Dinner was outside on the deck with everyone. We were cruising with two large, Vietnamese extended families. It looked like they were all having a wonderful time with grandparents, parents and cousins all enjoying each others company. We were the only foreigners (that's what we are called here), and had a small table by ourselves. Dinner was again six or so dishes, and I hadn't fully recovered from lunch, but ate it all anyway because it was so good!
After our dinner, the tender was moved to the side of the boat. A few bamboo sticks held lines with a small lure and hook at the bottom. The crew told us this wasn't really squid season, they would be hiding quite deep in the water, but maybe we would get lucky.
Our kids got bored of it all very quickly, pointing at small moving fish wasn't entertaining them. We didn't catch anything so we happily retired to bed because breakfast was up really early.
Day two - Breakfast and Vung Vieng Village
It seems my kids enjoy sleep ins these days, so the 7am buffet breakfast was a bit of a stretch. We made it, and even Elijah woke up with enough time to cram in some cereal before we arrived at our morning stop.
Vung Vieng floating village is a small fishing village where people live on the water. I wasn't really sure about visiting this floating village. I felt like maybe we didn't need to see another floating village. But there wasn't a lot to see if we stayed on the boat, so we decided to go.
This village is closed off and you cannot simply pass through the way we did when we visited the village on our Lan Ha Bay cruise. It has an entry point where you hop off the tender and change onto a small bamboo boat which is rowed by local residents. After seeing the Lan Ha Bay village, this one seemed empty. There weren't many people, it was more orderly. People had their own 'sections' with similar styled homes. This was modern suburbia to Lan Ha Bays old school mish mashed suburbs. It seemed to fit our Bai Tu Long Bay luxury cruise itinerary, but I'm not sure about it feeling completely authentic.
Authentic or not?
We asked about the village when we returned and learned there used to be more than a thousand or so residents, but most had moved to the mainland to give their families a better education. What is left is a more sterile version of the floating village. Only a few hundred residents remain, and it's not alive and bustling like the other one we'd seen. So perhaps it is not truly authentic anymore, but it is still a glimpse into a very different way of life.
What we liked about this part of the tour was the green initiative. The bamboo boats are equipped with nets, so as we rowed along, if we saw rubbish, we could collect it. This was impressive to me because it is a start in the right direction. I think this is what the future of tourism needs to look like. This area of Ha Long Bay had less rubbish than other parts we have seen. The small bit of cleaning that is done will help. If more operators create tours like this, change will happen much faster!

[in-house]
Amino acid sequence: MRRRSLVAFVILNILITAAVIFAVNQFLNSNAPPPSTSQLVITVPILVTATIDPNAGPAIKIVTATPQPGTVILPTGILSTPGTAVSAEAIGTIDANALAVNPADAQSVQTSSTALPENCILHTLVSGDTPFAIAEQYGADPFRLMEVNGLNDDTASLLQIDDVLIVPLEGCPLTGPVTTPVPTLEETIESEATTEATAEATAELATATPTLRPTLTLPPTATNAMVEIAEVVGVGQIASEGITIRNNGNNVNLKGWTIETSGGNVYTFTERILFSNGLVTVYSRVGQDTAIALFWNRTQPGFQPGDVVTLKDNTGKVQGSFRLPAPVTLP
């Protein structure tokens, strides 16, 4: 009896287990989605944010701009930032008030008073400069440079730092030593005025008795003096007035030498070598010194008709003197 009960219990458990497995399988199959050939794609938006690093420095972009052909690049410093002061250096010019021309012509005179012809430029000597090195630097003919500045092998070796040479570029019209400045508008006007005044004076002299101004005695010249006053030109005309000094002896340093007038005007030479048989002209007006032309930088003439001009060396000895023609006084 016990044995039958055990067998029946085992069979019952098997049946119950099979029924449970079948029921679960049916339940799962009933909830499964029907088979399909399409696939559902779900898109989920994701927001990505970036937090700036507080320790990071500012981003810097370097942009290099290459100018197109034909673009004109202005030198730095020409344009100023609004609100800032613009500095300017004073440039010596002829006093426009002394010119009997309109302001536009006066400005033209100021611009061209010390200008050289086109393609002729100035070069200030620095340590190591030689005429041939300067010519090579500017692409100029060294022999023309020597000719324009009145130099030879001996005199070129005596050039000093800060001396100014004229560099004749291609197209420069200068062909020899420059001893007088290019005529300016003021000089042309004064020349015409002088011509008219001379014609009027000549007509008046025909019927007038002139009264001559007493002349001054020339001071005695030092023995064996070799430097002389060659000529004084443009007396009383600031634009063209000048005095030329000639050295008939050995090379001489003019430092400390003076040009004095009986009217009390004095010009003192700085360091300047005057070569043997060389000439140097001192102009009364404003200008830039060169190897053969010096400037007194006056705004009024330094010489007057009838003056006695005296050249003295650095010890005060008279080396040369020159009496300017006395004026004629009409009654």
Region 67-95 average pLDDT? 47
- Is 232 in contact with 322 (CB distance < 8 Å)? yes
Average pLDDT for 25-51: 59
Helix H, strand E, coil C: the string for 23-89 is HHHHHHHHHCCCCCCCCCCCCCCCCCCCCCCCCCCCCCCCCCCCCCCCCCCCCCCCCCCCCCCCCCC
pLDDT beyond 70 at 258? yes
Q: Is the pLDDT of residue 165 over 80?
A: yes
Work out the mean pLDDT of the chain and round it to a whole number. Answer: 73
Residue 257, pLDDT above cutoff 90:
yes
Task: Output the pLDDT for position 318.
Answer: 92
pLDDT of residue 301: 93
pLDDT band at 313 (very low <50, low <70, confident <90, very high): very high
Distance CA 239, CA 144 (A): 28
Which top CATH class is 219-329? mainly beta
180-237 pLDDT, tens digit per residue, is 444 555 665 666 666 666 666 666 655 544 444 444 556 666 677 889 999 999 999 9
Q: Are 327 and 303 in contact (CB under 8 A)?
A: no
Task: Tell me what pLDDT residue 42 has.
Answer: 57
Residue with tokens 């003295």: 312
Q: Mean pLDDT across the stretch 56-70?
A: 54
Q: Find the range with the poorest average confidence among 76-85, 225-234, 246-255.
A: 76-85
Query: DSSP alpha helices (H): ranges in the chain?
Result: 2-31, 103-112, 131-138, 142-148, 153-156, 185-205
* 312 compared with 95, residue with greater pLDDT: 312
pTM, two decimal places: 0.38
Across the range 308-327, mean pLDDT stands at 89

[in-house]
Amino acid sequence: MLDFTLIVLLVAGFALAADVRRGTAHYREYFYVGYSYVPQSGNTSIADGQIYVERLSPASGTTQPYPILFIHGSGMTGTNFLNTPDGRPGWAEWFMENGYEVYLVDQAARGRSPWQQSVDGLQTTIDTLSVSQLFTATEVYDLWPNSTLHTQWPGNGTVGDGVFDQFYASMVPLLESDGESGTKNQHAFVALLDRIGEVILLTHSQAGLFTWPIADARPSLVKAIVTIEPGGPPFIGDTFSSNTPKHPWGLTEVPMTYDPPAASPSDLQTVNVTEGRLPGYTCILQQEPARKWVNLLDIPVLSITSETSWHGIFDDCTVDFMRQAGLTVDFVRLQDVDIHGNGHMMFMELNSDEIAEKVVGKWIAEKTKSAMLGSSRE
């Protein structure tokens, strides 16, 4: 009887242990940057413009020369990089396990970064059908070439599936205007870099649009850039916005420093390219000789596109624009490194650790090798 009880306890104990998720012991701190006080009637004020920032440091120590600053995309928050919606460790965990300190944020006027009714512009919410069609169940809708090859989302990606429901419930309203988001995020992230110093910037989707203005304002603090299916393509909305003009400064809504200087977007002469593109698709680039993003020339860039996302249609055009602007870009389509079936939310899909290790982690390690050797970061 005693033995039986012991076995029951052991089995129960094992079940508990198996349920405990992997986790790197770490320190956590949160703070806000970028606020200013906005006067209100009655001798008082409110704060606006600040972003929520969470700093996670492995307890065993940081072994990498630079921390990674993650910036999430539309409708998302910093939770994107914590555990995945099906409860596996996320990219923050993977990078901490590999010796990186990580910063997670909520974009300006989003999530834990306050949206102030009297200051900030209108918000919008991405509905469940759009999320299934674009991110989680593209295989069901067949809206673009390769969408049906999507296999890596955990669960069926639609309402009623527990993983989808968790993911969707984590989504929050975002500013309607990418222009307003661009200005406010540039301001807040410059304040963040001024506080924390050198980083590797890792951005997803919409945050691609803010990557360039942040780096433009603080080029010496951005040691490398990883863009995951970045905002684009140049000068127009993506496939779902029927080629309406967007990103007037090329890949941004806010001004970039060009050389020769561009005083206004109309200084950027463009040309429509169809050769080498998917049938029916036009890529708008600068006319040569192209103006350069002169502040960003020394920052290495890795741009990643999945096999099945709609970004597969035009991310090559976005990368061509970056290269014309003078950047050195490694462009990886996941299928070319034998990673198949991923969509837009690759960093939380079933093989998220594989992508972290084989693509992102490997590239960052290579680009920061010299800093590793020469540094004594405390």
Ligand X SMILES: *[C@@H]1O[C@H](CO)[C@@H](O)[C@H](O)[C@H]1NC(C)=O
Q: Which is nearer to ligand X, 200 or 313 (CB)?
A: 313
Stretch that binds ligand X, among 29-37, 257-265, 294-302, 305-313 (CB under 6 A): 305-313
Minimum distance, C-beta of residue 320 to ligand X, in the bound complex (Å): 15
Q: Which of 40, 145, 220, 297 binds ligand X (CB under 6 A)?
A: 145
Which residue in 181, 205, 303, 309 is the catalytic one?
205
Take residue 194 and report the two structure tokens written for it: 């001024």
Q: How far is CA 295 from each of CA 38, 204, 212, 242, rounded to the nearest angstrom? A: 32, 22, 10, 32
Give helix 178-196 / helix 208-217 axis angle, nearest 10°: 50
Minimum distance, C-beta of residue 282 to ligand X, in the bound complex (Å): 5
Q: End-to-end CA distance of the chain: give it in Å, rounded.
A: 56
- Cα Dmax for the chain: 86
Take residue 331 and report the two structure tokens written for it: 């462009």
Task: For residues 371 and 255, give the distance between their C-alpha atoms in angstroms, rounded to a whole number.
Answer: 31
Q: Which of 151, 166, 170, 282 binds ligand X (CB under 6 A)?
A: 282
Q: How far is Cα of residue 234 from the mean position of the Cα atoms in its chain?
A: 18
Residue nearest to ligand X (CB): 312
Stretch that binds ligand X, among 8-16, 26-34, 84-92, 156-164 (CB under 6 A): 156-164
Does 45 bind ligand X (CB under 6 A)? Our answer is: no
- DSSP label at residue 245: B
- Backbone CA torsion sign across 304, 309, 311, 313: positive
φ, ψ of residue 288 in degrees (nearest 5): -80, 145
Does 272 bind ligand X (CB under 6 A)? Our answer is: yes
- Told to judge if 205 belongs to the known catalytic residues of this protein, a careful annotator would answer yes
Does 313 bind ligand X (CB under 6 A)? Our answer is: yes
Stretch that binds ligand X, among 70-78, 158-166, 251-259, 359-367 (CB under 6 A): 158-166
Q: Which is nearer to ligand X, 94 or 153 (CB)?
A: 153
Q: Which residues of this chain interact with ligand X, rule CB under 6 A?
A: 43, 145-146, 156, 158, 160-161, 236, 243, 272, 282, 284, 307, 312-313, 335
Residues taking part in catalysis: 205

Back to the port
After our tour, we headed back to the ship to pack up our things and relax for a bit. We enjoyed the final hour of cruising with a really not needed buffet brunch (yes, this is in addition to breakfast). It was again delicious, and I was starting to feel like I'd eaten about four days worth of food in 24 hours.
The buffet is well timed because the ending hour is much like the first hour, you are heading to a port and there's not a lot of that tranquil beauty around. It's also good for those who might miss the early breakfast. I probably didn't need it though!
How to choose your Bai Tu Long Bay luxury cruise
After going through the process of looking through a few different cruise options and reading stacks of blogs on Ha Long Bay Cruises, we learned a bit about choosing a cruise. There are three things you might like to consider when you are looking to book your luxury cruise:
1. Choose a cruise that has a commitment to sustainability and the environment.
Vietnam (and many countries around the world) has a real issue with rubbish. It's one of the very few things we don't like about the country because it really does spoil the epic greenness of it. As tourists we have a responsibility to choose our tour operators carefully. If we can find cruise providers who are implementing a green approach, these should be considered first!
2. Check the off ship itinerary
Some of the itineraries we saw had large parts dedicated to tours on Cat Ba Island. Cat Ba is a destination in itself and you could easily visit the island to do these without a luxury cruise. Choose a cruise that offers the things you'd like to do (for us kayaking and squid fishing were important). Make sure you aren't sacrificing a big chunk of your luxury cruise not on the cruise!
3. One night or two?
We really would've preferred two nights on board, however they weren't running two nights because of Covid. Once we sailed and ate for 24 hours, I think we were all happy with one night. There isn't a lot we would've missed out on and I definitely don't think we needed to eat any more food.
Other things you may need to take into consideration is your budget and family needs. You also might like to check number of cabins. We had read in a few blogs that it was very important to choose cruises with fewer cabins. Dragon Legend has 24 cabins and at no point did it seem crowded. The Dragon Legend sister ship also cruised alongside us and did the same tours. With two cruises on the cave and village visits, I still didn't feel like there were too many people around. We still got shots without people easily. So don't put too much weight on the cabin numbers. Definitely read reviews though!
I hope this blog has helped you with some decision making for your Bai Tu Long Bay cruise. If you're interested in taking the cruise we did, below is a link to the cruise we took with Indochina Junk.